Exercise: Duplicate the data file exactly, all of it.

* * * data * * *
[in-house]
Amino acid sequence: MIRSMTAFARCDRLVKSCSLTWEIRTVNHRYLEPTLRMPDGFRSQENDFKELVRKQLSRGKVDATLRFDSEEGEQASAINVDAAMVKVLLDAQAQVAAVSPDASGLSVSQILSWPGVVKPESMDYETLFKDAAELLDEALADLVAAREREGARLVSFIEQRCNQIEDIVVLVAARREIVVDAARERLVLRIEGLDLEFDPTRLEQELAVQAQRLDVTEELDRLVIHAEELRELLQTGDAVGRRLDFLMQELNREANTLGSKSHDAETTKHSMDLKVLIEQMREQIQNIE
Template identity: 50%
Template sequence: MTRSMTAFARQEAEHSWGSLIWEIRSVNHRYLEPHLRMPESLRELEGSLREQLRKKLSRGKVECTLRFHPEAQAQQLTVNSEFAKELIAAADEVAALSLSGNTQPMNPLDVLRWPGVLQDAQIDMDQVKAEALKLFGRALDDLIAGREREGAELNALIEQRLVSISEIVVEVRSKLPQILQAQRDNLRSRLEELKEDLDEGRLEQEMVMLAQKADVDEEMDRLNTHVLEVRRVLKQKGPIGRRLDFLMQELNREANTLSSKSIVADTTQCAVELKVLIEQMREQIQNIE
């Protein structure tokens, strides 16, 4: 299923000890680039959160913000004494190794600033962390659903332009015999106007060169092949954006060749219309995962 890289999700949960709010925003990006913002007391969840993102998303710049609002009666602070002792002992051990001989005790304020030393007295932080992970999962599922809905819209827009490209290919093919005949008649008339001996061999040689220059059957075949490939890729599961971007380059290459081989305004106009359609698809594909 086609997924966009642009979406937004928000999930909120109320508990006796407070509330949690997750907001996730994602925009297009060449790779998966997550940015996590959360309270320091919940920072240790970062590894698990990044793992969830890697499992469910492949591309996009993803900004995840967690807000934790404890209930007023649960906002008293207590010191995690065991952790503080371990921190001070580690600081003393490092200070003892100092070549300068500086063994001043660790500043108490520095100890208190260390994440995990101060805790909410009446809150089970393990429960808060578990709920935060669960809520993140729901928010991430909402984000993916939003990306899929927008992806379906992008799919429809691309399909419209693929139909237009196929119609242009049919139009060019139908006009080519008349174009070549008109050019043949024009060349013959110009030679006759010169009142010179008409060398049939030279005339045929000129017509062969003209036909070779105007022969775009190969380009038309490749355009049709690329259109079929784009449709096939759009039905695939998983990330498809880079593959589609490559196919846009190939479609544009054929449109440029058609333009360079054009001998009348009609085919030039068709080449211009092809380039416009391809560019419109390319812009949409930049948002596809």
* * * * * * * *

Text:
[in-house]
Amino acid sequence: MIRSMTAFARCDRLVKSCSLTWEIRTVNHRYLEPTLRMPDGFRSQENDFKELVRKQLSRGKVDATLRFDSEEGEQASAINVDAAMVKVLLDAQAQVAAVSPDASGLSVSQILSWPGVVKPESMDYETLFKDAAELLDEALADLVAAREREGARLVSFIEQRCNQIEDIVVLVAARREIVVDAARERLVLRIEGLDLEFDPTRLEQELAVQAQRLDVTEELDRLVIHAEELRELLQTGDAVGRRLDFLMQELNREANTLGSKSHDAETTKHSMDLKVLIEQMREQIQNIE
Template identity: 50%
Template sequence: MTRSMTAFARQEAEHSWGSLIWEIRSVNHRYLEPHLRMPESLRELEGSLREQLRKKLSRGKVECTLRFHPEAQAQQLTVNSEFAKELIAAADEVAALSLSGNTQPMNPLDVLRWPGVLQDAQIDMDQVKAEALKLFGRALDDLIAGREREGAELNALIEQRLVSISEIVVEVRSKLPQILQAQRDNLRSRLEELKEDLDEGRLEQEMVMLAQKADVDEEMDRLNTHVLEVRRVLKQKGPIGRRLDFLMQELNREANTLSSKSIVADTTQCAVELKVLIEQMREQIQNIE
């Protein structure tokens, strides 16, 4: 299923000890680039959160913000004494190794600033962390659903332009015999106007060169092949954006060749219309995962 890289999700949960709010925003990006913002007391969840993102998303710049609002009666602070002792002992051990001989005790304020030393007295932080992970999962599922809905819209827009490209290919093919005949008649008339001996061999040689220059059957075949490939890729599961971007380059290459081989305004106009359609698809594909 086609997924966009642009979406937004928000999930909120109320508990006796407070509330949690997750907001996730994602925009297009060449790779998966997550940015996590959360309270320091919940920072240790970062590894698990990044793992969830890697499992469910492949591309996009993803900004995840967690807000934790404890209930007023649960906002008293207590010191995690065991952790503080371990921190001070580690600081003393490092200070003892100092070549300068500086063994001043660790500043108490520095100890208190260390994440995990101060805790909410009446809150089970393990429960808060578990709920935060669960809520993140729901928010991430909402984000993916939003990306899929927008992806379906992008799919429809691309399909419209693929139909237009196929119609242009049919139009060019139908006009080519008349174009070549008109050019043949024009060349013959110009030679006759010169009142010179008409060398049939030279005339045929000129017509062969003209036909070779105007022969775009190969380009038309490749355009049709690329259109079929784009449709096939759009039905695939998983990330498809880079593959589609490559196919846009190939479609544009054929449109440029058609333009360079054009001998009348009609085919030039068709080449211009092809380039416009391809560019419109390319812009949409930049948002596809």